After a year fraught with challenges of pandemic proportions, the mayor of Canada’s largest city is asking its residents to remain hopeful and stay the course.
Sitting down with Global News recently for a year-end retrospective, John Tory says though 2021 has been tough, the city is in a much better position than it was this time last year.
In December 2020, Canada was preparing to receive its first shipments of Pfizer’s mRNA COVID-19 vaccine.
“Businesses, by and large at this time last year, were just closed,” he recalled. “Everything was closed.”
However, Tory says he sees a path forward, and crucial to that is getting people vaccinated.
According to City of Toronto data, well over 5.5 million doses of vaccines have been administered.
“Things are better now and they will continue to get better if we work at getting people vaccinated, if we work at supporting local business, and if we work at — most importantly, perhaps — at common sense when it comes to how we socialize, and who we socialize with.”
Tory officially declared an emergency in Toronto on March 23, 2020, in response to the outbreak of the novel coronavirus, which was then still largely shrouded in unknowns.
While many grapple with pandemic fatigue, new restrictions continue to be announced across the country. In Ontario, that has meant more limitations on industries that have already been dealt a significant blow.
When it comes to small businesses, Tory continues to encourage people across the city to stay close to home for their food and retail needs.
“Do everything local, because those are the businesses on the main streets, in the underground — here in downtown — that have really struggled,” he said.
“They’re the ones that don’t have a huge bank account to rely on, or a huge backstop of any kind.”
On Dec. 17, the city announced it had fully reactivated its Emergency Operations Centre (EOC) as a result of a projected surge in COVID-19 cases related to the Omicron variant.
Tory told Global News their efforts have been concentrated on ramping up the delivery of vaccines to residents, and the city has teamed up with local health partners to do it.
He said those partners include hospitals, community health organizations, pharmacies and doctors’ offices.
While Toronto’s mayor was front and centre in the fight against COVID-19, he, along with the city and police, faced significant criticism over the handling of encampment evictions over the summer.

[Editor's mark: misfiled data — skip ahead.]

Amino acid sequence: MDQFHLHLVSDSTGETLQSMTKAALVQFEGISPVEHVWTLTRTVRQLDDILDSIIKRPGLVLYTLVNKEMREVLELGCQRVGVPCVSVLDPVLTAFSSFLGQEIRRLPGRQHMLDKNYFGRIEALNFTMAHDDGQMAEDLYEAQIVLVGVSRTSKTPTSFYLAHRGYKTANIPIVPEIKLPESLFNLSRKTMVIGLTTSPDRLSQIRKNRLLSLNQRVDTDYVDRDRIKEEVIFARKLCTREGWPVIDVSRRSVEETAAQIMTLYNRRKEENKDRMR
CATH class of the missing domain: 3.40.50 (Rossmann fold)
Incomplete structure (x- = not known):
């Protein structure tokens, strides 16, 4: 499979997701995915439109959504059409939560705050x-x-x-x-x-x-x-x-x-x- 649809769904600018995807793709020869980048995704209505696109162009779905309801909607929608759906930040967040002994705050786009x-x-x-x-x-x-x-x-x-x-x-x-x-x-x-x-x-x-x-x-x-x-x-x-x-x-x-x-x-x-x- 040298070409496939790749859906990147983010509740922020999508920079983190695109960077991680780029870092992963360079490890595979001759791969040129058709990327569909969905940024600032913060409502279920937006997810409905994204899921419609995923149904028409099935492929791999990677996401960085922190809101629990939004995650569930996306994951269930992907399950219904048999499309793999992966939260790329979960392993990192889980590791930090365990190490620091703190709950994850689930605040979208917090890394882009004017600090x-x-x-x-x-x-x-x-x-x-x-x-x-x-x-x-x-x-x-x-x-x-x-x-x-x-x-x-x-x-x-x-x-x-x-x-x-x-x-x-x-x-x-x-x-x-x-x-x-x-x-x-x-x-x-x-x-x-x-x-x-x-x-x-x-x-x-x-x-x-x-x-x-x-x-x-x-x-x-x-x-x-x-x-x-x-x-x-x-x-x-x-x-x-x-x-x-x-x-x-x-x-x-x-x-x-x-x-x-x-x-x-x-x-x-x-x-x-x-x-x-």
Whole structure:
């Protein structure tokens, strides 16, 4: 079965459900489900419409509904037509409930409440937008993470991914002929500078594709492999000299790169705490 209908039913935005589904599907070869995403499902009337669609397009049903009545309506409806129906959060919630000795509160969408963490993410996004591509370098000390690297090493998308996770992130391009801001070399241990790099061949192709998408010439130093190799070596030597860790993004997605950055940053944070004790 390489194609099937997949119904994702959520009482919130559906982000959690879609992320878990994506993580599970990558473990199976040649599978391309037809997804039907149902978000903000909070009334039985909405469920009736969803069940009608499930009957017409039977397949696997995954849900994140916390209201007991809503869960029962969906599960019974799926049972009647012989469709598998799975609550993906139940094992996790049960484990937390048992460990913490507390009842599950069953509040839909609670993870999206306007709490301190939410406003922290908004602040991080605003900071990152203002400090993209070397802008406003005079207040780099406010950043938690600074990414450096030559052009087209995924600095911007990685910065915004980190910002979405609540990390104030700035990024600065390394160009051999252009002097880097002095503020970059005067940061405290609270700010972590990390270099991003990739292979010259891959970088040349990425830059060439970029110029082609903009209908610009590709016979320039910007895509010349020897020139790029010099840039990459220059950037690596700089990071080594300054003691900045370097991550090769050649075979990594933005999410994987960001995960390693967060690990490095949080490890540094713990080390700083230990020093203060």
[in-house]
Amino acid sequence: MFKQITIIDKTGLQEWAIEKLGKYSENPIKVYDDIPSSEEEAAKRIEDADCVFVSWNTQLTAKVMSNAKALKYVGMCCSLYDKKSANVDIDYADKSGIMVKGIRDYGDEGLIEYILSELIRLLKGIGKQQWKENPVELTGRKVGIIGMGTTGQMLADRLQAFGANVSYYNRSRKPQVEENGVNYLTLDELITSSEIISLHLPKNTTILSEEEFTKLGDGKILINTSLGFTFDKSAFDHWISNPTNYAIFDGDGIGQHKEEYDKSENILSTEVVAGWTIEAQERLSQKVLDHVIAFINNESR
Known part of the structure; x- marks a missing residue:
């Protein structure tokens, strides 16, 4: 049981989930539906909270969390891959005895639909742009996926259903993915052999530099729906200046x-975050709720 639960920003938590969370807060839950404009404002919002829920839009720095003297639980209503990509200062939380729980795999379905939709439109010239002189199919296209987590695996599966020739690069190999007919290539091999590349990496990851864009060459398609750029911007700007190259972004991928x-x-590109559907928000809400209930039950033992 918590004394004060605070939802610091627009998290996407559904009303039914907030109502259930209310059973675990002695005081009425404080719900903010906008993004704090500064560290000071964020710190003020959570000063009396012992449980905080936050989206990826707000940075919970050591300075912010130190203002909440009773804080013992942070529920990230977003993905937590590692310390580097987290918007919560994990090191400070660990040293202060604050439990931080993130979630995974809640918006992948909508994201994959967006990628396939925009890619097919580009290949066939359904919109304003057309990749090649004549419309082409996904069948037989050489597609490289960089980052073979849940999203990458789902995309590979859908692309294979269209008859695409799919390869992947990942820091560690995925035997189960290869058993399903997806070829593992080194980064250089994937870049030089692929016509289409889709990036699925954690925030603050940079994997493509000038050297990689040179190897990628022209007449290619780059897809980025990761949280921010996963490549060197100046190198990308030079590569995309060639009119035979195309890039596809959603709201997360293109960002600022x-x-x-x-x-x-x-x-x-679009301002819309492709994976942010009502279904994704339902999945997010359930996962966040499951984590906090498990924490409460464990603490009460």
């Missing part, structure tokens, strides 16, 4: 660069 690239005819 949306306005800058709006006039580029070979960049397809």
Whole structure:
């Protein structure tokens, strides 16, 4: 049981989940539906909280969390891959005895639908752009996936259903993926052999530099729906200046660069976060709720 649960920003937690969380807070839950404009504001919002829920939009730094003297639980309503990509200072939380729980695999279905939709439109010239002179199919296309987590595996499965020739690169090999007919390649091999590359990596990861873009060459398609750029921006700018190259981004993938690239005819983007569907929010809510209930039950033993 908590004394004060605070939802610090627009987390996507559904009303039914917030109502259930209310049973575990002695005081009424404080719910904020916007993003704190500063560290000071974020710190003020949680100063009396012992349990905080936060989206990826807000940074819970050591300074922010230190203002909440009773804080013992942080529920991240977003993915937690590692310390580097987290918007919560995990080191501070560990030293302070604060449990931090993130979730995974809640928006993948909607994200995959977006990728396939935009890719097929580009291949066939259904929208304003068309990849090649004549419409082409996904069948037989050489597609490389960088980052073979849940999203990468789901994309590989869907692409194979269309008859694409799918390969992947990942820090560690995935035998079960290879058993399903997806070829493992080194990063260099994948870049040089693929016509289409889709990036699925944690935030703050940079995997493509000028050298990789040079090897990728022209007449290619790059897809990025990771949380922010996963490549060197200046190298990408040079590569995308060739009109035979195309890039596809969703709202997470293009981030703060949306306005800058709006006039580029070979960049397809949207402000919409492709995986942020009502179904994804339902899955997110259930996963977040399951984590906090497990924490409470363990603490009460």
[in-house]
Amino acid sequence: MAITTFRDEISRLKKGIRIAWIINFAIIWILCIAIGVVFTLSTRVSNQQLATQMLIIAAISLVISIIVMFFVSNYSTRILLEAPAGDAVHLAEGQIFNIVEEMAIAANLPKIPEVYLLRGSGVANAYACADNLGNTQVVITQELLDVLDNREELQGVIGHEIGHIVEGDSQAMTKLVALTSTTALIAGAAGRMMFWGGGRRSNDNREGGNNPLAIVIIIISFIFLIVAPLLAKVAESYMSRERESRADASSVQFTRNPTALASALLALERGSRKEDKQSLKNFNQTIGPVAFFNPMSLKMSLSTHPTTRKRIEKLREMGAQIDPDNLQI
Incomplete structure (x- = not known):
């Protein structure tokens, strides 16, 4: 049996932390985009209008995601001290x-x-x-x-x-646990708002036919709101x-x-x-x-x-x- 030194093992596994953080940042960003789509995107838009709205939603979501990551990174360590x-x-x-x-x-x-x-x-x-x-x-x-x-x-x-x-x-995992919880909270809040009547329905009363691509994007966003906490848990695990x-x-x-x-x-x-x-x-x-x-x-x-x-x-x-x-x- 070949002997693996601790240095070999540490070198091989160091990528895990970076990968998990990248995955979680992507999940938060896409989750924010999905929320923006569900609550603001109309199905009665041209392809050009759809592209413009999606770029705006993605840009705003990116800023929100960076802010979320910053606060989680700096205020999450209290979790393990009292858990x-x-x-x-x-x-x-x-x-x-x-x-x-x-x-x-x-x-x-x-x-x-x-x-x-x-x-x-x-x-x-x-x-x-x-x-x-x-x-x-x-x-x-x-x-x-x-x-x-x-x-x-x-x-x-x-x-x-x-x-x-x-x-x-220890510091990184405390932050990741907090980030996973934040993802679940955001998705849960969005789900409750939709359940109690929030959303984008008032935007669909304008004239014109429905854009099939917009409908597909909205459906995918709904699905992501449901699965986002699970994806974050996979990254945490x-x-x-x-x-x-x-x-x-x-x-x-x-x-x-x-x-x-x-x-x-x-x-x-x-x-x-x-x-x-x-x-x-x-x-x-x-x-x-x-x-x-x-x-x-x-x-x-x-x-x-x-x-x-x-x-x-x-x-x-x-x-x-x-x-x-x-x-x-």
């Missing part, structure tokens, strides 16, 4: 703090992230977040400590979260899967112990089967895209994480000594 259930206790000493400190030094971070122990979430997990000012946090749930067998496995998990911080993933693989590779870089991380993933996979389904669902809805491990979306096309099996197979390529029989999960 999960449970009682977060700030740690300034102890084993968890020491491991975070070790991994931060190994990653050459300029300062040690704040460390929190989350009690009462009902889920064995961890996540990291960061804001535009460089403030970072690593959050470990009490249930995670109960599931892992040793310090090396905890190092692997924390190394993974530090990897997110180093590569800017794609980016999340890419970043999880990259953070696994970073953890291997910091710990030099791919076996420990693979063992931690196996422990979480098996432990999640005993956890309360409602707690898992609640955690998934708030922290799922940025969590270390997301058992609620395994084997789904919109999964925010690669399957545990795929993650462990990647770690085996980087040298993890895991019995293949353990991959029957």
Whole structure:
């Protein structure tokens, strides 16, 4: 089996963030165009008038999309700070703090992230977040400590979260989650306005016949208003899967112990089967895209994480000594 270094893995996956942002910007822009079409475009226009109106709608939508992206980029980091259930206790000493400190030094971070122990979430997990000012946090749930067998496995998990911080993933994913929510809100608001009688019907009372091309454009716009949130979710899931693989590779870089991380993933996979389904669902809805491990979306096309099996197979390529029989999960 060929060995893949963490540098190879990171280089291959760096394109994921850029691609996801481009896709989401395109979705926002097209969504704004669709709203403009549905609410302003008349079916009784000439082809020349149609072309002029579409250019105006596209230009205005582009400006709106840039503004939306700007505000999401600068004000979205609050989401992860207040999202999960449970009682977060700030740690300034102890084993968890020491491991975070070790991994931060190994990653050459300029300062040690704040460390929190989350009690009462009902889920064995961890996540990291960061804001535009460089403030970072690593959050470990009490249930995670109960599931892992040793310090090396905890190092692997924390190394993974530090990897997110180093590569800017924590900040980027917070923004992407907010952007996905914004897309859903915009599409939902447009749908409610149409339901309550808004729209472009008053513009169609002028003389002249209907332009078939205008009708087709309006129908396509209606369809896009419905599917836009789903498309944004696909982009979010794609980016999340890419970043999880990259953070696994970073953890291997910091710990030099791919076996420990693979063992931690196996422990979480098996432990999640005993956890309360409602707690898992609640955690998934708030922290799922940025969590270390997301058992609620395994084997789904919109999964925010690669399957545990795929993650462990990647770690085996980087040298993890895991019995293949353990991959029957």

Global News asked Tory whether he continues to stand behind the actions taken on the ground.
“We had 20,000 visits to people experiencing homelessness in public parks, to say please come in,” he responded.
“We will offer you different options for indoor housing, but they did reach a point — and the decision on that wasn’t mine as mayor — the police make their own decisions about when to move to deal with situations, and same with the bylaw officials.”
In the fall, Tory made headlines over his longstanding relationship with the Rogers family, as they moved to settle a boardroom dispute which had spilled over into the public realm.
He faced criticism that his role on the family control trust was unethical.
Tory, however, said he has no regrets continuing on in that capacity, saying he declared his position to the integrity commissioner prior to being elected mayor in 2014.
“I made a commitment, as he was reaching the end of his life, Mr. [Ted] Rogers, that I would try to watch over and help his family in any way that I could,” he replied.
“This is a big organization that involves tens of thousands of people in the city, who work for that organization and need to have secure jobs.”
Tory said at the end of the day, his first commitment is to his job as Toronto’s mayor. Now on the cusp of a new year, one of his next big decisions will be whether to run again.
Toronto Mayor John Tory questioned over involvement with Rogers family trust
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